The Legend of the Lost Salmon

Yakima People – USA


The Creator gave The People good words. He instructed The People in how to care for his creation. The People could live in harmony with Creation by remembering and following these good words.

         The Creator told The People that Salmon had been created especially for them. He told them to be sure to show respect and care for their well-being. The Creator told The People, “Be sure that you only bring in as much Salmon as you need to eat, and you will always have plenty.”

         For many years, The People lived according to these good words, and lived in harmony. There was always plenty of food.

         However, there came a time when The People forgot their role in living in harmony. They thought Salmon would always be there for them, and they thought that harmony did not require anything from them. The People sometimes wasted Salmon, and then neglected to dry all they had caught. Then the young who grew up this way strayed farther from the good words and farther from harmony. The young were distracted by Coyote. While they lived like this, time passed them quickly, and one day, they found there were no Salmon! The People walked up and down the river, looking for Salmon. The children and the elderly grew hungry, and it was a sad time with few answers.

         One day, they came upon a dead salmon on the bank of the river. They remembered the good words of The Creator and realized what they had done. The People called a council to talk together about how they could correct what they had done. They talked about how in past times, those with supernatural powers could bring life back by stepping over a creature five times. Each one of The People tried stepping over the salmon five times, and each time, the same result. The salmon did not come back to life.

         The People counseled together and asked each other what else they could do. Then someone suggested that Old Man Rattlesnake hadn’t stepped over the salmon five times. Old Man Rattlesnake lived by himself and stayed alone. They sent a runner to fetch the old man and tell him, “Help us! We need your help to bring back the salmon!” The old man asked the runner, “What makes you think I have supernatural powers?” And the runner told the old man, “You are our only hope. Everyone else has tried and failed.” Finally, the old man agreed to come, but because he was so old, it took him a long time to make his way to The People.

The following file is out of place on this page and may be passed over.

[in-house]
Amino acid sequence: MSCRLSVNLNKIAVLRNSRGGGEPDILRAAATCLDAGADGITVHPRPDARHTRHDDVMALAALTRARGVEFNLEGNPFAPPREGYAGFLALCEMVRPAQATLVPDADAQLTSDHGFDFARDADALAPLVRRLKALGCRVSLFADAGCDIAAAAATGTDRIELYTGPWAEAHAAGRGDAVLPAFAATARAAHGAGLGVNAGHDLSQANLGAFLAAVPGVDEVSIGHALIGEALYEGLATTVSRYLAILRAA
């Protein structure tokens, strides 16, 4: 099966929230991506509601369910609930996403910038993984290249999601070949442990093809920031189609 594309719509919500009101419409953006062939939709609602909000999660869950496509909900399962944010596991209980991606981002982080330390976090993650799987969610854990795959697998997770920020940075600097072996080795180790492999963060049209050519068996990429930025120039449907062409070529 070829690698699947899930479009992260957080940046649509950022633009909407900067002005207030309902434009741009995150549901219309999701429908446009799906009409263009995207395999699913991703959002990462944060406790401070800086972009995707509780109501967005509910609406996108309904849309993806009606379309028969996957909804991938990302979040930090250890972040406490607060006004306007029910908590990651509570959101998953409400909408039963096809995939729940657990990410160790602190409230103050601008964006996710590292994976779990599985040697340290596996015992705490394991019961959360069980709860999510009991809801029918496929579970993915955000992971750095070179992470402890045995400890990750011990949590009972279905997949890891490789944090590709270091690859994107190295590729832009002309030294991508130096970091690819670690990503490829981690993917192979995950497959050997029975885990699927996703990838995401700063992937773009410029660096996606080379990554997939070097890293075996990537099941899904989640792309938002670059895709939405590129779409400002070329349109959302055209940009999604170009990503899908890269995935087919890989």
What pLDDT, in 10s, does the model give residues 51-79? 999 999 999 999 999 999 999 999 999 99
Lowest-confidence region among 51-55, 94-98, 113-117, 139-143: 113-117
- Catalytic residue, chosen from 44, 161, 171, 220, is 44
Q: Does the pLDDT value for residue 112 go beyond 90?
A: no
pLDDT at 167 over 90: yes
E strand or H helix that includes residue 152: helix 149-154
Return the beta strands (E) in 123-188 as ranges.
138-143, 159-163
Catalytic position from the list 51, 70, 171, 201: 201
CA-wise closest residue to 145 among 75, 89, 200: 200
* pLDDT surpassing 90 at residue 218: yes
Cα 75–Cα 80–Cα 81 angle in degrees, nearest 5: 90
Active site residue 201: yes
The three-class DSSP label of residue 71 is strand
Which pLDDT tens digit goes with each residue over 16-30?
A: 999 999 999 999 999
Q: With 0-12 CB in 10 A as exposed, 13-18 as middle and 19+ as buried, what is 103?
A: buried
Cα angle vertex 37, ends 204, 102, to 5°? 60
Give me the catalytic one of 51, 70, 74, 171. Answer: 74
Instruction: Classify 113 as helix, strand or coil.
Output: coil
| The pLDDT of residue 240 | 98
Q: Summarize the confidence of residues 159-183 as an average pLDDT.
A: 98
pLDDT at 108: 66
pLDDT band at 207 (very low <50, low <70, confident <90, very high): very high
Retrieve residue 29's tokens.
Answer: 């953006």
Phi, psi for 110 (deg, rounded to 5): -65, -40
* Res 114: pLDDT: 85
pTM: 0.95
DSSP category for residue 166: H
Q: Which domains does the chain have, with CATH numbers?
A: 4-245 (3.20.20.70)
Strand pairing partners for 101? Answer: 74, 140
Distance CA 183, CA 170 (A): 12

While they were waiting, Coyote tried his best to convince The People that he had supernatural powers. He told them to watch while he stepped over the salmon. He stepped once, twice, three times, four times, and on the fifth time stepping over the salmon, he moved it with his foot. Coyote tried to convince the people, “Look! Did you see the salmon move? I am indeed supernatural and I have caused Salmon to return!” But The People had finally realized that Coyote was tricking them. The People had finally realized that following Coyote had led them to neglect The Creator’s good words. They did not listen to Coyote telling them he had revived the salmon.

         Finally, Old Man Rattlesnake arrived. Slowly he made his way to the salmon, and stepped over. On the fifth time, the supernatural powers The People had hoped for were there. Old Man Rattlesnake suddenly disappeared and went into the salmon. The salmon came back to life, and Salmon came back to the rivers.

         From that time, The People committed themselves to living in harmony with Salmon. They remembered to follow the good words. And they knew The Creator had told them to show their children how to live in harmony, remembering the example of their grandmothers and grandfathers.


Adapted by Laurie Roberts, from Oneida-Iroquois descent (2019).

Under license Creative Commons CC BY-NC-SA.



Salmon was a fundamental element of the diet of the Yakima or Yakama people during the long winter months, in which survival could not have been easy in the region inhabited by them, in the state of Washington, United States, near the Canadian border. Hence, the creation of a legend that warned against salmon overfishing must have been a vital necessity at some point in the history of this people.

It is believed that the Yakima arrived in these northern territories of the United States 12,000 years ago, but did not form an identifiable tribe until 1750. By 1775 they suffered the first smallpox epidemic, brought by European settlers, and were decimated. By 1910 there were only 2,300 people remaining from the Yakima ethnic group.



  • First People (n.d.). Legend of the Lost Salmon. First People: Educational website on Native American peoples from USA and Canada. Retrieved from:


Associated text of the Earth Charter

Preamble: The Global Situation.- The dominant patterns of production and consumption are causing environmental devastation, the depletion of resources, and a massive extinction of species.


Other passages that this story illustrates

Principle 6c: Ensure that decision making addresses the cumulative, long-term, indirect, long distance, and global consequences of human activities.


Principle 7: Adopt patterns of production, consumption, and reproduction that safeguard Earth’s regenerative capacities, human rights, and community well-being.